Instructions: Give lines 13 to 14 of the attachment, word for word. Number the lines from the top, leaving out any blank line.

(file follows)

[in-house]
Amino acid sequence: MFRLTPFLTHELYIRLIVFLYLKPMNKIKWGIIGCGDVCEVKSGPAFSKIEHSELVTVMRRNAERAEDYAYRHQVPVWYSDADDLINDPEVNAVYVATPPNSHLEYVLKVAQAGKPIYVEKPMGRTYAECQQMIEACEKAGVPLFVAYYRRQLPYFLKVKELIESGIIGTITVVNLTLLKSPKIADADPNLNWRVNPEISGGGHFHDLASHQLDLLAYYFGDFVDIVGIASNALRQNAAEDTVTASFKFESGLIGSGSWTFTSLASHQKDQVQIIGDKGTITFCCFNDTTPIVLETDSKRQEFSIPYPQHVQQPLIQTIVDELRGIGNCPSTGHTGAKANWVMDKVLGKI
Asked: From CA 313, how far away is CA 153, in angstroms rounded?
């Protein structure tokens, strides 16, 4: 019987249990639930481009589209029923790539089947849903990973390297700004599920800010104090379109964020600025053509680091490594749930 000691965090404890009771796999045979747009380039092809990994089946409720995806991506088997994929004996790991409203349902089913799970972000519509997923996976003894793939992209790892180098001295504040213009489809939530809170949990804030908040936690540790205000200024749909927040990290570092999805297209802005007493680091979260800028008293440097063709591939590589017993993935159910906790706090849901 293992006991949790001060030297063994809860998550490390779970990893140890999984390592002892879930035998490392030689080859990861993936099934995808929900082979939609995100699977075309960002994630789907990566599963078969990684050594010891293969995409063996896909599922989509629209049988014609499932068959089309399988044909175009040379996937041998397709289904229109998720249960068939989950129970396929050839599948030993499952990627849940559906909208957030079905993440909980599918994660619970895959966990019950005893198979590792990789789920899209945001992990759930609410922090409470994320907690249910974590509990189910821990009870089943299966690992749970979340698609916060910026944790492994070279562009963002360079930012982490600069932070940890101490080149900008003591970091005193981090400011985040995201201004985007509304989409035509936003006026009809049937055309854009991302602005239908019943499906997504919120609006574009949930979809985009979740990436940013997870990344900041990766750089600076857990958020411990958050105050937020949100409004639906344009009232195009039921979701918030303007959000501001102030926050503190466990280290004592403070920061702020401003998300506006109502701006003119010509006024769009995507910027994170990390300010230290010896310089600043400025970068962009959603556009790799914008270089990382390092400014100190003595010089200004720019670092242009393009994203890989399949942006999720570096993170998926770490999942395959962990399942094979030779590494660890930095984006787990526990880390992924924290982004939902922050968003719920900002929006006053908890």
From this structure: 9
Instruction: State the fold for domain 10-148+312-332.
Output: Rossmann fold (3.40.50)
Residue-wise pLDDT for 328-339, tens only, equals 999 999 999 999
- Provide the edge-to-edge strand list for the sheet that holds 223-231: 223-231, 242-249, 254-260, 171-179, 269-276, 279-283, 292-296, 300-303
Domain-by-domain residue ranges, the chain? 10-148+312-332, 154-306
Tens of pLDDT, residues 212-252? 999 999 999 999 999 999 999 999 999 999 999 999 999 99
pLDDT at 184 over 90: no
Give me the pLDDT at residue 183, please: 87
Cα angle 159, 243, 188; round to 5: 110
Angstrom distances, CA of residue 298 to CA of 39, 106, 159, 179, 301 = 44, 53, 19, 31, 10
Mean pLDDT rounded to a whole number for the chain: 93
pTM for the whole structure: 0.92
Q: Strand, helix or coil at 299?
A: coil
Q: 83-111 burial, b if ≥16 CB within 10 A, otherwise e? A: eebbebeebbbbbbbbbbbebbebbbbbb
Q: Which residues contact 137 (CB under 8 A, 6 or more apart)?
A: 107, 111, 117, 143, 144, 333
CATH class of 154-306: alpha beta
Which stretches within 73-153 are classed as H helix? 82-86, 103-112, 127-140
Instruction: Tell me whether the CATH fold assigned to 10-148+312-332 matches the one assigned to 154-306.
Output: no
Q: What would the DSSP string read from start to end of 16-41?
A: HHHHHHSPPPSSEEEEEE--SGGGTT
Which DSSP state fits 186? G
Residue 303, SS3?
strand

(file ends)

Give me the pLDDT at residue 183, please: 87
Cα angle 159, 243, 188; round to 5: 110